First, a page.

Myrtle Beach sees record tourism, hotel development follows suit

Published: Jun. 11, 2015 at 9:48 PM EDT|Updated: Jun. 12, 2015 at 2:39 AM EDT
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MYRTLE BEACH, SC (WMBF) - Myrtle Beach continues to break its own tourism records year after year.

The Myrtle Beach Area Chamber of Commerce said 17.2 million visitors came through Myrtle Beach last year, which is an increase of 25 percent since 2009.

Prior to the recession the all-time high for tourism in Myrtle Beach was 15 million visitors in 2007. That number then dropped by 2 million tourists in 2009 and has been rising steadily since then.

The chamber cites various reasons for the increase including improved air service, advertising and infrastructure.

The marketing budget in particular is benefiting from the tourism development fee put in place in 2009. It's $20 million more now than it was before that fee started bringing in more money. The funds are used to run digital and television ads throughout the year in 75 markets.

Those advertisements combined with the boardwalk and new attractions are what the owner of the Bowery credits for a much busier downtown area compared to when the pavilion was removed.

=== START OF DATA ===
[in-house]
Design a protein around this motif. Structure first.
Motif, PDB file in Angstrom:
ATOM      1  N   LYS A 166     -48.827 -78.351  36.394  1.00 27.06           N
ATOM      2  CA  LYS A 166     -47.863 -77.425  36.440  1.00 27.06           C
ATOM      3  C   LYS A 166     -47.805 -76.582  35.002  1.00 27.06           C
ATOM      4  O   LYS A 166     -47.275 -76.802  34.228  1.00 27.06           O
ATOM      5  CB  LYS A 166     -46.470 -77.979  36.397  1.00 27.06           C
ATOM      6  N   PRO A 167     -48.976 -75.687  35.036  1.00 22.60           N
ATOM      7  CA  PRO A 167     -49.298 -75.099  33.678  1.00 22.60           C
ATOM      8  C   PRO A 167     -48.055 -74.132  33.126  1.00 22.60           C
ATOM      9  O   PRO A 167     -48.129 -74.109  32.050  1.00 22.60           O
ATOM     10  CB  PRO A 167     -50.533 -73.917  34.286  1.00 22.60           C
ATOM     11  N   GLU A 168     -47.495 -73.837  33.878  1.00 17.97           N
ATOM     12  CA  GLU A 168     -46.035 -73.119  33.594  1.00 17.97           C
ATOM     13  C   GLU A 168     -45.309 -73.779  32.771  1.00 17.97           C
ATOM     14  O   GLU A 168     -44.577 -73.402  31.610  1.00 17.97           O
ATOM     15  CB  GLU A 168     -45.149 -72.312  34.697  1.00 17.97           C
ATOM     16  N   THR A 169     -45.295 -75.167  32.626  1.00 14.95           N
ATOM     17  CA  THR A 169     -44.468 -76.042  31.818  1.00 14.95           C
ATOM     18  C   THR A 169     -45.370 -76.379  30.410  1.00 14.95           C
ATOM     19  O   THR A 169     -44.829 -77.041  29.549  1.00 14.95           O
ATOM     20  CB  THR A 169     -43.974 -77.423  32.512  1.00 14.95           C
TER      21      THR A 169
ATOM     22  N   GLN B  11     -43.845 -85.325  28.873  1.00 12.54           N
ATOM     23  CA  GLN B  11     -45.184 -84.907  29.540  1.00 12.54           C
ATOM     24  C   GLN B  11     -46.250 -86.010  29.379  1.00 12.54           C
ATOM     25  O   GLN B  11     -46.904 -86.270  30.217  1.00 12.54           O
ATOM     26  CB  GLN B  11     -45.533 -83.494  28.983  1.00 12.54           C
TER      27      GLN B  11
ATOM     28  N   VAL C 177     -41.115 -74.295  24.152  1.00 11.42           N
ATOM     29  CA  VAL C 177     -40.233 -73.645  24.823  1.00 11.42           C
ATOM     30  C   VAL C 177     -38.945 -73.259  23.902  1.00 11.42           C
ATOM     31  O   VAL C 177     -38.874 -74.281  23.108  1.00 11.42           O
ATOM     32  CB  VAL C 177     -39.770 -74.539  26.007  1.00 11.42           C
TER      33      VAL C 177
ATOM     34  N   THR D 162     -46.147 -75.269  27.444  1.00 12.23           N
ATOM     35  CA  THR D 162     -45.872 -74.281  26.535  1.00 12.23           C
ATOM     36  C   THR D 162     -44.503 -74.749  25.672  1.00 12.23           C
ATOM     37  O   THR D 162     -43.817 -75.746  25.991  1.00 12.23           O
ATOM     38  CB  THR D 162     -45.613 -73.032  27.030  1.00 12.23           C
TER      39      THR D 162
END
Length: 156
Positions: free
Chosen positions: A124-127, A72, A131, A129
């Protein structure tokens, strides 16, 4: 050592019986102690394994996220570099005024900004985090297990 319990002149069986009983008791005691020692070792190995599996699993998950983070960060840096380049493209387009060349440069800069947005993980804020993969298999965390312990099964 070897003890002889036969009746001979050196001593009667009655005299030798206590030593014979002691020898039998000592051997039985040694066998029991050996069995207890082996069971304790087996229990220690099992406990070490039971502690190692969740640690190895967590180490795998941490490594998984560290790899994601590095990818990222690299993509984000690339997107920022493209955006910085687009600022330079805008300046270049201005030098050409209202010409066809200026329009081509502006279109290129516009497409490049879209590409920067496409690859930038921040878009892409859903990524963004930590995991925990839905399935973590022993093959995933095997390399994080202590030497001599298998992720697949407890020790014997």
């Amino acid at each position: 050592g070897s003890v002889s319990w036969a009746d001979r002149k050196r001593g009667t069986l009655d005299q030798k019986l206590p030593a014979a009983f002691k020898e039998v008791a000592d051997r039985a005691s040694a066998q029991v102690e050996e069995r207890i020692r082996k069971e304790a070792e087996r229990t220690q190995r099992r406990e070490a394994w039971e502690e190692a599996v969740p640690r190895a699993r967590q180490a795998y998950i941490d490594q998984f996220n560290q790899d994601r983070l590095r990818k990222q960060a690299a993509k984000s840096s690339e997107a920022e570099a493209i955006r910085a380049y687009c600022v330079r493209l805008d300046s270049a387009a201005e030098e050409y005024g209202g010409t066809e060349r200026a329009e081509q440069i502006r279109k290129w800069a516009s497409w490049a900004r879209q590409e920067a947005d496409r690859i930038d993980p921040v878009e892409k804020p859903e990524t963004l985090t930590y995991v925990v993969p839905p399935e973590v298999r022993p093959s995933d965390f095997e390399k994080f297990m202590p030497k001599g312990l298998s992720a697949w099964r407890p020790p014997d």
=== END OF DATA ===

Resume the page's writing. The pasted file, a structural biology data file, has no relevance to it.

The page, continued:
"There's a big difference in how many tables were filled up this year on a Saturday compared to a Saturday four, five years ago," said Victor Shamah, who owns the Bowery. "I would say it's up 60-70 percent from five years ago."

Hotel construction is also now rebounding after being hit during the recession. Mark Kruea, spokesperson for the city of Myrtle Beach, said four hotels are either about to open, under construction or undergoing the approval process.

Occupancy levels have been rising steadily over the past few years. There was a 10% increase in average occupancy in hotels, condo hotels and campsites between 2010 and last year, said Taylor Damonte, of the Brittain Center for Resort Tourism.

"Inventory has been basically fixed since 2010. As more and more people come here each year, the occupancy rate has increased," Damonte said.

He said he predicts hotel development is still going to be slow going for the next couple of years.

"If you are opening a new property, it may be a break even proposition if you have convention space and brand affiliation," he said.

However, Warren & Harmon Commercial Interiors has been seeing business pick up, especially since December, according to Tom Lindsay, an interior designer.. The company designs areas like hotel lobbies or the inside of condominiums.

"The uptick with us is that people are coming back, the economy is coming back, people are spending money," he said. "I have new homeowners that are coming through and buying condos."

The chamber is still working to attract more visitors during the off-season because hotel capacity is 20 million people, which Myrtle Beach still isn't reaching.

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